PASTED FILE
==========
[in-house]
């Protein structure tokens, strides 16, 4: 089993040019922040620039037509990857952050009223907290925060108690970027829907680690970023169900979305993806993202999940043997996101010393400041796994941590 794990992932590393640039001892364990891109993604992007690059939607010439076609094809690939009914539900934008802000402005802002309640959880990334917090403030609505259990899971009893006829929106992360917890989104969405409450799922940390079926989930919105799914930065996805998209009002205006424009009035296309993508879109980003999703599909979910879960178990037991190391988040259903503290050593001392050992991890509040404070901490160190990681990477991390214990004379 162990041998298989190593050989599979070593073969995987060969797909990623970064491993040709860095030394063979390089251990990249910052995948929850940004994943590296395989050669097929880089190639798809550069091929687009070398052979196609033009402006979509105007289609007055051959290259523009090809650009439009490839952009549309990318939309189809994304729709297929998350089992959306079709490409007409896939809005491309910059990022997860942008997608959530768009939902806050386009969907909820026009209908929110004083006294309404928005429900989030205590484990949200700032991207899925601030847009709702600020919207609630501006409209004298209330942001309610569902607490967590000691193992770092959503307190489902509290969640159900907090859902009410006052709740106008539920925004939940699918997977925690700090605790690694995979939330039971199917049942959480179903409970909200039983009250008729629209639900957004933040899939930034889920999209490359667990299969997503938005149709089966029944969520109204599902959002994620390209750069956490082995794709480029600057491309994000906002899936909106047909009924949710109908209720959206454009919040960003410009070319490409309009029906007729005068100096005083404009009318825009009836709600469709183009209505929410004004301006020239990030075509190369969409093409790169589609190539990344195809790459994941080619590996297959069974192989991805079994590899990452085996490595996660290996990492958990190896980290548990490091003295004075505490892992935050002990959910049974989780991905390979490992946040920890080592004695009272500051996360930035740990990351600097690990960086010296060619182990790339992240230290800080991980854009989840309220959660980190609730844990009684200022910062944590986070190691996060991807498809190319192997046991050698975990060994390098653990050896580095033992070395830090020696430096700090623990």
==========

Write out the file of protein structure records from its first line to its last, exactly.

[in-house]
């Protein structure tokens, strides 16, 4: 089993040019922040620039037509990857952050009223907290925060108690970027829907680690970023169900979305993806993202999940043997996101010393400041796994941590 794990992932590393640039001892364990891109993604992007690059939607010439076609094809690939009914539900934008802000402005802002309640959880990334917090403030609505259990899971009893006829929106992360917890989104969405409450799922940390079926989930919105799914930065996805998209009002205006424009009035296309993508879109980003999703599909979910879960178990037991190391988040259903503290050593001392050992991890509040404070901490160190990681990477991390214990004379 162990041998298989190593050989599979070593073969995987060969797909990623970064491993040709860095030394063979390089251990990249910052995948929850940004994943590296395989050669097929880089190639798809550069091929687009070398052979196609033009402006979509105007289609007055051959290259523009090809650009439009490839952009549309990318939309189809994304729709297929998350089992959306079709490409007409896939809005491309910059990022997860942008997608959530768009939902806050386009969907909820026009209908929110004083006294309404928005429900989030205590484990949200700032991207899925601030847009709702600020919207609630501006409209004298209330942001309610569902607490967590000691193992770092959503307190489902509290969640159900907090859902009410006052709740106008539920925004939940699918997977925690700090605790690694995979939330039971199917049942959480179903409970909200039983009250008729629209639900957004933040899939930034889920999209490359667990299969997503938005149709089966029944969520109204599902959002994620390209750069956490082995794709480029600057491309994000906002899936909106047909009924949710109908209720959206454009919040960003410009070319490409309009029906007729005068100096005083404009009318825009009836709600469709183009209505929410004004301006020239990030075509190369969409093409790169589609190539990344195809790459994941080619590996297959069974192989991805079994590899990452085996490595996660290996990492958990190896980290548990490091003295004075505490892992935050002990959910049974989780991905390979490992946040920890080592004695009272500051996360930035740990990351600097690990960086010296060619182990790339992240230290800080991980854009989840309220959660980190609730844990009684200022910062944590986070190691996060991807498809190319192997046991050698975990060994390098653990050896580095033992070395830090020696430096700090623990």